39reply, but that you may write an article in a magazine which in a
40month’s time will be blazoning round every newspaper stall in the
41kingdom for every man and woman, who had sixpence to spend and nothing
42to do, to read.
44I know you may reply that what you want is not the true history of
45anyone’s education, but simply some phrase which one may read and
46forget in five minutes, as one forgets the gossip of a five-o’clock
47tea - “Mrs. Jones was educated at so-and-so”. - “Mrs. Grey has four
48children” - “Mrs. Smith has a new servant and has gone to the seaside”
49- etc., etc., etc.
51I reply: If this is what the public wants, its want is a distinctly
52evil one, the gratification of which implies the frittering away of
53human intellect and a degradation of the subject gossipped over. If it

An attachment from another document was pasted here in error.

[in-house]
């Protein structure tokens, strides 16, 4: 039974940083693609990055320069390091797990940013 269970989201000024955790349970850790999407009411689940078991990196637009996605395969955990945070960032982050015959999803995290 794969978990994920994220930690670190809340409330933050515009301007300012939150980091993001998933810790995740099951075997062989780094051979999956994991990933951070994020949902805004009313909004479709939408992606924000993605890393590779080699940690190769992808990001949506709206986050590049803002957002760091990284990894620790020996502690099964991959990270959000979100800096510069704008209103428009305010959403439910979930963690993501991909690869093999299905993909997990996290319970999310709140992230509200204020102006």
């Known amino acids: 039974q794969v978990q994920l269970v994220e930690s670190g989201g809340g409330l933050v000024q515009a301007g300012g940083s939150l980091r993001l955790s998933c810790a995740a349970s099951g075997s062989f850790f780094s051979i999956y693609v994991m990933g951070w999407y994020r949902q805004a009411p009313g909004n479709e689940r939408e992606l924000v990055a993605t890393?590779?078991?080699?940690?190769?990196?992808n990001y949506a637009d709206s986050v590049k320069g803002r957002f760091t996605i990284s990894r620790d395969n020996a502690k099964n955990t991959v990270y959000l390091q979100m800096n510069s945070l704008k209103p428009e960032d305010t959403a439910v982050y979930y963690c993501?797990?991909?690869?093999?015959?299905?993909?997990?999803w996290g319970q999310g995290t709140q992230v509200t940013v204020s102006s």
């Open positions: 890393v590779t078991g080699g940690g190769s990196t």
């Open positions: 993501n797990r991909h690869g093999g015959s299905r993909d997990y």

54were possible to have the true history of the education of one human
55soul, even the weakest and poorest - the history of the effect upon it,
56 during its early years, of the people who were about it, of the
57nature which surrounded it, of the books it read, of the social
58problems which were in the air at that time - it might be of value,
59because, carefully following the little path along which a brother
60soul has moved, our sympathy for it may be awakened; and a broadening
61of our affections and sympathies is ever for good ; but to do this
62would require a great genius, and he could do it only with regard to
63his own life.
65The epoch-making educational events of our lives which alone are worth
66recording; the hours of a long and restless night spent in reading a
67book which opened up to the child for the first time a field of